California Assembly Bill 587 regulating social media companies is now law in California.
LOS ANGELES, CALIFORNIA, USA, October 26, 2022 /EINPresswire.com/ — Julian Sarafian, creator, attorney, and advocate, announces his support for Governor Gavin Newsom signing California Assembly Bill 587 into law.
He tells us:
“It’s great because content moderation is a huge problem on social media. Specifically, inconsistently applied principles, failure of platforms to adequately regulate their content, and social media companies failure to give their content moderation teams enough resources to do their job effectively.”
“More transparency would force these companies to be more consistent when they moderate content. Creators complain of inconsistent and unpredictable standards for content – some creators get banned for something that others are free to post.”
California Governor Gavin Newsom says:
“California will not stand by as social media is weaponized to spread hate and disinformation that threaten our communities and foundational values as a country. Californians deserve to know how these platforms are impacting our public discourse, and this action brings much-needed transparency and accountability to the policies that shape the social media content we consume every day. I thank Assembly member Gabriel for championing this important measure to protect Californians from hate, harassment and lies spread online.”
Some would counter the devil is in the details. A reading of AB 587 reveals social media companies are now required to report their definitions of:
(A) Hate speech or racism.
(B) Extremism or radicalization.
(C) Disinformation or misinformation.
(E) Foreign political interference.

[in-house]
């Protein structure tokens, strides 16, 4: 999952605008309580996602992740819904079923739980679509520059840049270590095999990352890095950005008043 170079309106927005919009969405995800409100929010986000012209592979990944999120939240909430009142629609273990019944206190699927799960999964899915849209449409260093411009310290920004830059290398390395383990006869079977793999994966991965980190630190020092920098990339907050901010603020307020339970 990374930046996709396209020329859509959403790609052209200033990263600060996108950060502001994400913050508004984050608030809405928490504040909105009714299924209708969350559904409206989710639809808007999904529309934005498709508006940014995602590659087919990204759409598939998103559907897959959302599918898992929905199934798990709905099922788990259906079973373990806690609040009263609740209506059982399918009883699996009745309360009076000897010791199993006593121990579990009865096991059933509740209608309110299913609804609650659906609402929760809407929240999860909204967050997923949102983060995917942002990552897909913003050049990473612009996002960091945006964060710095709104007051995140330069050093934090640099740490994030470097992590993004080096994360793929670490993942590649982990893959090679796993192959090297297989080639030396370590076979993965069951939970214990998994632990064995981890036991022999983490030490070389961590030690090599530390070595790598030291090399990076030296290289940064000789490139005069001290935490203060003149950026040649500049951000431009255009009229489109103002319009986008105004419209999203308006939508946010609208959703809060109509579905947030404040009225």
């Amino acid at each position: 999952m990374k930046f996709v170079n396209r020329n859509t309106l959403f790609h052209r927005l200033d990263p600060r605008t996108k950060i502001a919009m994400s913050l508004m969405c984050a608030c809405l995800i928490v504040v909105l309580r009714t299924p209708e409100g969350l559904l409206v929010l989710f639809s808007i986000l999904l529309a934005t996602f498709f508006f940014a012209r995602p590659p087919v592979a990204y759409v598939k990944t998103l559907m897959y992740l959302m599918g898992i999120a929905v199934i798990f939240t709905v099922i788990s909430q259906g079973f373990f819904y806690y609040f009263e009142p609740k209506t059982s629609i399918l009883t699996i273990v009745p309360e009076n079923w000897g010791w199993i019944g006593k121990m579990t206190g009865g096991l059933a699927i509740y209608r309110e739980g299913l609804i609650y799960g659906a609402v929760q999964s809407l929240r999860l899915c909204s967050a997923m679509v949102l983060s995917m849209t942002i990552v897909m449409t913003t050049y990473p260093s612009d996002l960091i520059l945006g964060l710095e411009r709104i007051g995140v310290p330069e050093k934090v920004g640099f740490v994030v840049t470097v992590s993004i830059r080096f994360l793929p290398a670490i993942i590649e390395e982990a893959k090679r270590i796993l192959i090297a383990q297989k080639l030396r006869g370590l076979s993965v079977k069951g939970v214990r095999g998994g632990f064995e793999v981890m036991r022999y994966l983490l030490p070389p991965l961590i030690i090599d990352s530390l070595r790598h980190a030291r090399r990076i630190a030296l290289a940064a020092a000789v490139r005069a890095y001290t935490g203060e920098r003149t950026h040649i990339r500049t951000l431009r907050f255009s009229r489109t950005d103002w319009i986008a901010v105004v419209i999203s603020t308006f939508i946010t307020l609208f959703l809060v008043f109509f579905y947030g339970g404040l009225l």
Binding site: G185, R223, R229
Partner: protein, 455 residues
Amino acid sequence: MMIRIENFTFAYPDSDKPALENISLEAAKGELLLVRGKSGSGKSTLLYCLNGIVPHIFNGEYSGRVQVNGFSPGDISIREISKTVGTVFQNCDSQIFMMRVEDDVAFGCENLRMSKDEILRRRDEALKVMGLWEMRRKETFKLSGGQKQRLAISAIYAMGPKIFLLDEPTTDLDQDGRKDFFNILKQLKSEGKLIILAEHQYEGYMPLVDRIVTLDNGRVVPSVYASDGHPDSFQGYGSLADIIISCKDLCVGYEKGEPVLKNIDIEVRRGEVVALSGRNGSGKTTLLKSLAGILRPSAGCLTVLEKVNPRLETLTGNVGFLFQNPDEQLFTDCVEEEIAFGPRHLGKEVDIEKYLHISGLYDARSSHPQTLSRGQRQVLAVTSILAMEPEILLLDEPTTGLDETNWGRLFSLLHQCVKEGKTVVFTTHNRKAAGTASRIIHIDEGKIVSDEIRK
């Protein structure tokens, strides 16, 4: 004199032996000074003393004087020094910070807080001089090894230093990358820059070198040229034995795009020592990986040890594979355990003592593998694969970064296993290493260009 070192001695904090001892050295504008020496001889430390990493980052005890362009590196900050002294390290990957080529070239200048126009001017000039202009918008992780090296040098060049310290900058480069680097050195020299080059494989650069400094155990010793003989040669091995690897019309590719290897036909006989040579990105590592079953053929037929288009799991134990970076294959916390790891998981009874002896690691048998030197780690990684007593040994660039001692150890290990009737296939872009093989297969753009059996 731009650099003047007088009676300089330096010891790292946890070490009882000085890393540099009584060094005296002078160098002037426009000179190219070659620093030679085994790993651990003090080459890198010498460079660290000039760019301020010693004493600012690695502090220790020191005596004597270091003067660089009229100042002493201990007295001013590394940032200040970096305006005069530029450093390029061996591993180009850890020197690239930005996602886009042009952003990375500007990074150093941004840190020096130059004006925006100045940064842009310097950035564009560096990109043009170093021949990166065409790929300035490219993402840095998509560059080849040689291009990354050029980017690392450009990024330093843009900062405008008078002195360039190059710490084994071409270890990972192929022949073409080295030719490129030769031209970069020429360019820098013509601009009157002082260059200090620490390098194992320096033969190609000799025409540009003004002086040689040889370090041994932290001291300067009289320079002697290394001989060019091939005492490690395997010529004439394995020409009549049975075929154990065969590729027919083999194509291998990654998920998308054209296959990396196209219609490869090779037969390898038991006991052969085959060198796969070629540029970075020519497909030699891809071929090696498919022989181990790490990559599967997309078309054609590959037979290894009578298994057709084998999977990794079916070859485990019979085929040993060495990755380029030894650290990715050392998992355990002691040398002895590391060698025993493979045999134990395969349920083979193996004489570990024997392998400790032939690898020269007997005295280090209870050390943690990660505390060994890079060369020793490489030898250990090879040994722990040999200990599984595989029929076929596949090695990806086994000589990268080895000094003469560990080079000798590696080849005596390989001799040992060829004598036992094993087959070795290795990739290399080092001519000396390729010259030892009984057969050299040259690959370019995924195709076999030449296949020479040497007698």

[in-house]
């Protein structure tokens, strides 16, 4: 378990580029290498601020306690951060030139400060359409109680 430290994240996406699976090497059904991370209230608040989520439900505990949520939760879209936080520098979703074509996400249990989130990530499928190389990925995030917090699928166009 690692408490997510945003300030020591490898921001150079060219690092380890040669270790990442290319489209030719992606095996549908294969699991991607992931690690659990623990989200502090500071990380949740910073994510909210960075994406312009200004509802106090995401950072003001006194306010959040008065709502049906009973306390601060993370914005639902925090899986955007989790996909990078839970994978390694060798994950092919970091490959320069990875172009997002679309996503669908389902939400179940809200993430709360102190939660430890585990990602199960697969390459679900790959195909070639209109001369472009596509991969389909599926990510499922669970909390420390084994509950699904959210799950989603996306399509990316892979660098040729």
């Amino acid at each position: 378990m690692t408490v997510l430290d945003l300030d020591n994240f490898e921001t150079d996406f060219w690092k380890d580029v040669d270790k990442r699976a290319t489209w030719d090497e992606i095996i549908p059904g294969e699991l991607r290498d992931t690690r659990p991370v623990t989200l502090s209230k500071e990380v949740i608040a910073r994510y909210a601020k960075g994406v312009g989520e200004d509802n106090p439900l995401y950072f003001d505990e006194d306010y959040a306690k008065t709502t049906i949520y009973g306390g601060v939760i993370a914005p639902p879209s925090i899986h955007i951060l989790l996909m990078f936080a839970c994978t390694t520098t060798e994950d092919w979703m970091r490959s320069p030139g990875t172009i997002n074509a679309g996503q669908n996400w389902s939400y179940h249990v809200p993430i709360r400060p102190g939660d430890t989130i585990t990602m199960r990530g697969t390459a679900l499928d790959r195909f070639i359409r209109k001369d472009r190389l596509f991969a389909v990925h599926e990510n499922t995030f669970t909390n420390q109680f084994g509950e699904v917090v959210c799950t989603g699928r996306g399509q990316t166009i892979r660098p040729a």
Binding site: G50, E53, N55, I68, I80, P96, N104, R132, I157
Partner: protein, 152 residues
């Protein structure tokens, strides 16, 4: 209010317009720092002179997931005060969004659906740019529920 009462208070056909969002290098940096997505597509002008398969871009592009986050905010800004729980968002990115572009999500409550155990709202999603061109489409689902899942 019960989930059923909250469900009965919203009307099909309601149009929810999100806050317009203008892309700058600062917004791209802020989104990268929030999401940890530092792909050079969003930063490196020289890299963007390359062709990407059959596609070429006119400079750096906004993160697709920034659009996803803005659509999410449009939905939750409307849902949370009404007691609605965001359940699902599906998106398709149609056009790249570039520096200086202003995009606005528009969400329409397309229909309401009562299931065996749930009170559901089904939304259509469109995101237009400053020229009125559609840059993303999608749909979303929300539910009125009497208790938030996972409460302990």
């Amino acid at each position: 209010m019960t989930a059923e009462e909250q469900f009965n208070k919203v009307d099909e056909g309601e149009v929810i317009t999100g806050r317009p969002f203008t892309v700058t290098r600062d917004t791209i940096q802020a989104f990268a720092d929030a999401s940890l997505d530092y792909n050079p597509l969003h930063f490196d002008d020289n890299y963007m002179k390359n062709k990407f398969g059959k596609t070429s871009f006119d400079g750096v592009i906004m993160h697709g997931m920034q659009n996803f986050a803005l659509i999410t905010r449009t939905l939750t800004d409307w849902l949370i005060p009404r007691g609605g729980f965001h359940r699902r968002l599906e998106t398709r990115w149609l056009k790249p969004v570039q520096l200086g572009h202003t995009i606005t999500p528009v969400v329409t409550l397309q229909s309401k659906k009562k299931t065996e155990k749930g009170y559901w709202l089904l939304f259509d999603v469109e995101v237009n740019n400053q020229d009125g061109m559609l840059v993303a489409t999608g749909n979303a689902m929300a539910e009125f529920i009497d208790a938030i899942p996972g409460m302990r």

Who decides, for example, what ‘hate speech’ is?
What if the definition doesn’t match up with the whims of government regulators?
What is ‘extremism’?
Social media is not just a place for cute kitten pictures. It’s where ideas are communicated with the world. Social media is the modern equivalent of the town square. Freedom of Speech should be among the most hallowed priorities of social media companies.
As Sarafian celebrates, few would argue against greater transparency from social media companies. They’ve proven themselves opaque on every level on every subject. It’s almost as if secrecy is key to their control over what they allow to be published.
Sarafian is also correct in stating courts will be busy for many years sorting out whether or not government can regulate social media without running afoul of the First Amendment.
Julian Sarafian is a graduate of UC Berkeley (BA, economics) and Harvard Law, former biglaw associate turned content creator and lawyer for creators, influencers, and small businesses with his law firm For Creators by Creators, PC.
He can be reached at his website:
Boundless Media Inc.
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